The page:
Restaurant manager

Career outlook for

Figures and forecasts for roles at the same level, which require similar skills and qualifications.

Average UK salary

Currently employed in Scotland

Six year jobs forecast

The information is supplied by LMI For All

What's it like?

You would run a restaurant so that customers can enjoy delicious food and good service. You’d be responsible for making sure that the restaurant runs efficiently and makes a profit.

You could work in:

  • Hotels
  • Small independent restaurants
  • Restaurants that are part of a large chain
  • Fast food outlets

You would:

  • Advertise vacancies and recruit staff
  • Make sure staff are fully trained
  • Keep staff motivated to provide the highest standard of service
  • Organise staff shifts and rotas
  • Order supplies
  • Monitor and control finances
  • Ensure strict hygiene, health and safety rules are followed

If you own the restaurant, you would work closely with the chef to select recipes and create menus.

Working conditions

Hours

Your working hours would include evenings, weekends and public holidays. Shift work and split shifts (working mornings and evenings, with time off in the afternoon) are common. Overtime may often be required around important events, for example Christmas or Easter.

Environment

You would usually be based indoors, splitting your time between the front of the restaurant and the kitchen.

Travel

There may be travel involved for meetings or to provide cover for other restaurants within the same company.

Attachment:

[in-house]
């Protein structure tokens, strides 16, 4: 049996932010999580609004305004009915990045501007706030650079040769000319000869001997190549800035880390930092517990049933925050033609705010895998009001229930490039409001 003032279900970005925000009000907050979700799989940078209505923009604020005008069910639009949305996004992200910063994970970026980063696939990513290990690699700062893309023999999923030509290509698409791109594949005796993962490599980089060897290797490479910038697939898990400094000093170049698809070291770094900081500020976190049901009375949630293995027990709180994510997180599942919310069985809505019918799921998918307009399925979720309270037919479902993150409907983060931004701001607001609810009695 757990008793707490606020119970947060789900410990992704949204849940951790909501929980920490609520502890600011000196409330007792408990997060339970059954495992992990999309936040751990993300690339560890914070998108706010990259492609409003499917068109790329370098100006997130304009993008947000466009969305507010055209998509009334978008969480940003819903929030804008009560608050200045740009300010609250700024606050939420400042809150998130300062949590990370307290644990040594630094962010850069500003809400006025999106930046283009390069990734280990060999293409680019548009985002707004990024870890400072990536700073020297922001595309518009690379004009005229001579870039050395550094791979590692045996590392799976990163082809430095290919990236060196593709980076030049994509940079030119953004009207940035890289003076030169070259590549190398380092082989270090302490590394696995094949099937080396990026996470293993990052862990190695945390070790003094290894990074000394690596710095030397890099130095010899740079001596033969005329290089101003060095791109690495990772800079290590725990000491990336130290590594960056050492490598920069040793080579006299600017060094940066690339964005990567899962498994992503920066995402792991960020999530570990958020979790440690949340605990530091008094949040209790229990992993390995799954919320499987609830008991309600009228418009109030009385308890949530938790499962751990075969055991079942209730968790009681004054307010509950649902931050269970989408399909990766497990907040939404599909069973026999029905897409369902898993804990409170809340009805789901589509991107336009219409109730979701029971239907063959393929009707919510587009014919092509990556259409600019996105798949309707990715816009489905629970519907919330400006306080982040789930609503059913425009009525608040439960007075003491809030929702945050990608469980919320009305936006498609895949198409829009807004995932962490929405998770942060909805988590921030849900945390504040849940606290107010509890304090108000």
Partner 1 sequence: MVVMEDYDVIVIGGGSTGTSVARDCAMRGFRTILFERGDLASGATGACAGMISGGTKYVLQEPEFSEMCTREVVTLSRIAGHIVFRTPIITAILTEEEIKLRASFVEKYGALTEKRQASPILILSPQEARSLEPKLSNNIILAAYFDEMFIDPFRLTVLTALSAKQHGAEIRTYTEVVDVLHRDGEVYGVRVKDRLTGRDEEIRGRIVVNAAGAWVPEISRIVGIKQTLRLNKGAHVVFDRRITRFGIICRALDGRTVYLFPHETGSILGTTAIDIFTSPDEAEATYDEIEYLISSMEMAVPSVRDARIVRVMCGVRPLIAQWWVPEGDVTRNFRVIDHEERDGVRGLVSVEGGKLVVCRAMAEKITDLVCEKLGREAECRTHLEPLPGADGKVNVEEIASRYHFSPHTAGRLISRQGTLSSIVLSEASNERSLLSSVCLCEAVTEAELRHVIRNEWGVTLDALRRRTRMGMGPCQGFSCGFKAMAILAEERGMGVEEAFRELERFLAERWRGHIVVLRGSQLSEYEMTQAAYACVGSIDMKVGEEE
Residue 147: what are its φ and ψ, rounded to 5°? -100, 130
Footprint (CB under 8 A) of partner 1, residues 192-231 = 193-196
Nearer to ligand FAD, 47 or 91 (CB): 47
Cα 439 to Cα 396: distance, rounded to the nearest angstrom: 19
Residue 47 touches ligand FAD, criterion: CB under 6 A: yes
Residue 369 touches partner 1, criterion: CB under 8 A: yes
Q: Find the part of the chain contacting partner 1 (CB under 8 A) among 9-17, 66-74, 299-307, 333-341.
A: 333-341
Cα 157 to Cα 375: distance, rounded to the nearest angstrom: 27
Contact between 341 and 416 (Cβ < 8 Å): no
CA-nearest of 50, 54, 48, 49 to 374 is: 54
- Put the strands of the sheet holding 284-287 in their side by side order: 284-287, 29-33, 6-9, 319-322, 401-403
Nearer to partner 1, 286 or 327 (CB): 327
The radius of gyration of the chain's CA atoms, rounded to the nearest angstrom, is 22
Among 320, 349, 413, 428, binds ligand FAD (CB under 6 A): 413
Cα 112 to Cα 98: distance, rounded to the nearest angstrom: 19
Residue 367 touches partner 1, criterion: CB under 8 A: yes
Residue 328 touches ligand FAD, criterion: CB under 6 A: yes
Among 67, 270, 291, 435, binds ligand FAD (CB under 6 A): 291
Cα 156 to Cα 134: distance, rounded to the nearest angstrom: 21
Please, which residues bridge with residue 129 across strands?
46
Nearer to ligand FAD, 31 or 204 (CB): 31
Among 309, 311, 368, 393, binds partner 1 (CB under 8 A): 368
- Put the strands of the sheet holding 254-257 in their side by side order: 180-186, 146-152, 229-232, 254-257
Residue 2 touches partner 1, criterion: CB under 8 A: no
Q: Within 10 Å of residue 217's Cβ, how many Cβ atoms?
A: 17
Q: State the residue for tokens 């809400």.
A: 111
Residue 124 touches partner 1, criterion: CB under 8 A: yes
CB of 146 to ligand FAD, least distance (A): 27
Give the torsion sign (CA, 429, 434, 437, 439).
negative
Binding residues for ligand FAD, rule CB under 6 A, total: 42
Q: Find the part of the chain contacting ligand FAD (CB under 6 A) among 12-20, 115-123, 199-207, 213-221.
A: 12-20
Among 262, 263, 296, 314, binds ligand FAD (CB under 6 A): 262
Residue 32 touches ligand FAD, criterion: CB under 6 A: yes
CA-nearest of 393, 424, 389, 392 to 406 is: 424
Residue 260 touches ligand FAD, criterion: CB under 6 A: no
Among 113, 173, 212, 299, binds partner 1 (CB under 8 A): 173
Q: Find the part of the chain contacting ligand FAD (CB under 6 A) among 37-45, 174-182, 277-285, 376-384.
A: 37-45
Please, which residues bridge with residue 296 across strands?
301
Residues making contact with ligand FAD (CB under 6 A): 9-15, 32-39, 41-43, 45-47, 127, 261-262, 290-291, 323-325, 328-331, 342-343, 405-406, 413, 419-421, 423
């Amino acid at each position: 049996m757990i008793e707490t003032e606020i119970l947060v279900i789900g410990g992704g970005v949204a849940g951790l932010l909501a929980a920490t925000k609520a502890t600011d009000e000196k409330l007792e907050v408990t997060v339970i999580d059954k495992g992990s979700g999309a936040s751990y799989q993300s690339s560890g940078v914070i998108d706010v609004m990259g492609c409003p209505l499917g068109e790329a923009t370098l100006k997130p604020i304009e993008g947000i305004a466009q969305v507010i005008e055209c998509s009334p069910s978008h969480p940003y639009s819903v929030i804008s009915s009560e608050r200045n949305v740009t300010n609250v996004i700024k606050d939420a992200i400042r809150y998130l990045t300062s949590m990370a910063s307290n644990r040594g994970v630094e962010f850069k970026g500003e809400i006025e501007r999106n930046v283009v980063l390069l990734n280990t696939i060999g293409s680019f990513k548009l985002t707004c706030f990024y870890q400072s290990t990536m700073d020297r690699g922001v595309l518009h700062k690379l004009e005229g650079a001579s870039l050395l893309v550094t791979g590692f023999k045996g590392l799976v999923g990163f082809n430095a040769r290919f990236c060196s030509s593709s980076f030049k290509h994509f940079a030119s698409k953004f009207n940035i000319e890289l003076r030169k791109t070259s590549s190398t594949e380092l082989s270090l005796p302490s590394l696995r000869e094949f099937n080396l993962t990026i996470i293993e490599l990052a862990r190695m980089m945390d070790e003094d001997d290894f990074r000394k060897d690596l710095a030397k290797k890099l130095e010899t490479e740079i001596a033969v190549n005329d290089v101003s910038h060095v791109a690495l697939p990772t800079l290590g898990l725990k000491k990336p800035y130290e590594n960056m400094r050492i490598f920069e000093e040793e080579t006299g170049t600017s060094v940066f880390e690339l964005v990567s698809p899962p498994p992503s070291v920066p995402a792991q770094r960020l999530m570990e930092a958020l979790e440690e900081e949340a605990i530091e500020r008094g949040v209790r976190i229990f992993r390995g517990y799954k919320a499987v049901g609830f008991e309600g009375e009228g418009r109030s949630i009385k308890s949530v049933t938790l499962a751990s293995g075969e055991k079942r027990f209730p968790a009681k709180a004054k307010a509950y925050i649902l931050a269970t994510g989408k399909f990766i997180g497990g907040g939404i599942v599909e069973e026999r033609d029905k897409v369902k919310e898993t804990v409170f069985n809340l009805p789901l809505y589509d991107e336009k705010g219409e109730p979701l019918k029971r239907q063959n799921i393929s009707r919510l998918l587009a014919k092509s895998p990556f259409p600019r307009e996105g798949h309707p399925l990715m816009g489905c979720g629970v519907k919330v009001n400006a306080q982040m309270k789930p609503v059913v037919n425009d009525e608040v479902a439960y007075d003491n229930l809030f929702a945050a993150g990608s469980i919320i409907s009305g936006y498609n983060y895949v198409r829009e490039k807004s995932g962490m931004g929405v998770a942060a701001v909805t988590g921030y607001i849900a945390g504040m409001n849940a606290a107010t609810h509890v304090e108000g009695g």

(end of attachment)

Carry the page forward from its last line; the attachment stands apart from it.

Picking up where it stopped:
UK employment status

Full-time

Part-time

Self employed

People behind the job

Meet real people who’ve done this job – hear their stories and the path they took to get there.

Here are some of the skills that people in this job would be most likely to have:

  • Communicating with people
  • Working as part of a team
  • Taking the lead
  • Helping customers
  • Being tactful
  • Budgeting
  • Planning and organising
  • Working with numbers

Build your skills

Your skills can help you choose the career that’s right for you. You can build your skills through work, study or activities you do in your spare time.

To understand more, have a look at what are my skills?

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Getting in

Entry requirements for courses can change. Always contact the college, university or training provider to check exactly what you’ll need.

Foundation Apprenticeships

Choosing a Foundation Apprenticeship as one of your subjects in S5 and S6 can help you get a head start with this type of job.

You'll get an SCQF level 6 qualification (the same level as a Higher) plus valuable work placement experience and skills you can't learn in a classroom.

Interested? Find out what's on offer at your school on Apprenticeships.scot.

Qualifications

You would need a Higher National Diploma (SCQF level 8) or a degree (SCQF level 9/10) in hospitality management or business. Or relevant work-based experience and qualifications such as a Scottish Vocational Qualification in Hospitality: Supervision and Leadership (SVQ level 3) or Institute of Hospitality Certificate or Diploma.

You can enter Higher National Certificate (SCQF level 7) or Higher National Diploma courses (SCQF level 8) with National 4/5 qualifications and one to two Highers or equivalent qualifications.

To enter a degree (SCQF level 9/10) usually requires National 5 qualifications and a minimum of threeHighers or a relevant HNC/HND. 

Useful subjects

  • Maths
  • English
  • Business Management
  • ICT
  • Modern languages
  • Health and food technology

Helpful to have

Qualifications and experience that show an understanding of the industry, customer care and management skills such as Skills for Work Hospitality (SCQF level 4/5).

Relevant work-based qualifications such as Scottish Vocational Qualifications in Hospitality (SVQ level 2/3/4) or Management (SVQ level 3/4/5).